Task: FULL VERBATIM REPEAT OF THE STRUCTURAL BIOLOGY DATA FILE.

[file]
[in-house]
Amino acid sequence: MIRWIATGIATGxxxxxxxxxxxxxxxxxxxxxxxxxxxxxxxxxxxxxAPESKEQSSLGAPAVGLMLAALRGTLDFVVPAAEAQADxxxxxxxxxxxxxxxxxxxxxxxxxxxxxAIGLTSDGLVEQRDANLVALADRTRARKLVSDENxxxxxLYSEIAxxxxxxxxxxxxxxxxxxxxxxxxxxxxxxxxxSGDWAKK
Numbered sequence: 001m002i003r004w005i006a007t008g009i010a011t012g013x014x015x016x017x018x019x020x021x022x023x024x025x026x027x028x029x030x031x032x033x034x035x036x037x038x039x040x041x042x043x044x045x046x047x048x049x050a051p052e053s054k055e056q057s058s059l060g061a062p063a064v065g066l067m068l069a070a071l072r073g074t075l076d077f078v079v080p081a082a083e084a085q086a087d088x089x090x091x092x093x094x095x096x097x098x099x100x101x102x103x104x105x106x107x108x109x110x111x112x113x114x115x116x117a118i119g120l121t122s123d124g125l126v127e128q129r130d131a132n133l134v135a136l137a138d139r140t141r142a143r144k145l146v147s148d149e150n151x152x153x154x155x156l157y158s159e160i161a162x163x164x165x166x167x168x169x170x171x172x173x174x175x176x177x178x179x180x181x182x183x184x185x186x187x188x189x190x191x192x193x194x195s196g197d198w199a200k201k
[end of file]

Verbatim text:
[in-house]
Amino acid sequence: MIRWIATGIATGxxxxxxxxxxxxxxxxxxxxxxxxxxxxxxxxxxxxxAPESKEQSSLGAPAVGLMLAALRGTLDFVVPAAEAQADxxxxxxxxxxxxxxxxxxxxxxxxxxxxxAIGLTSDGLVEQRDANLVALADRTRARKLVSDENxxxxxLYSEIAxxxxxxxxxxxxxxxxxxxxxxxxxxxxxxxxxSGDWAKK
Numbered sequence: 001m002i003r004w005i006a007t008g009i010a011t012g013x014x015x016x017x018x019x020x021x022x023x024x025x026x027x028x029x030x031x032x033x034x035x036x037x038x039x040x041x042x043x044x045x046x047x048x049x050a051p052e053s054k055e056q057s058s059l060g061a062p063a064v065g066l067m068l069a070a071l072r073g074t075l076d077f078v079v080p081a082a083e084a085q086a087d088x089x090x091x092x093x094x095x096x097x098x099x100x101x102x103x104x105x106x107x108x109x110x111x112x113x114x115x116x117a118i119g120l121t122s123d124g125l126v127e128q129r130d131a132n133l134v135a136l137a138d139r140t141r142a143r144k145l146v147s148d149e150n151x152x153x154x155x156l157y158s159e160i161a162x163x164x165x166x167x168x169x170x171x172x173x174x175x176x177x178x179x180x181x182x183x184x185x186x187x188x189x190x191x192x193x194x195s196g197d198w199a200k201k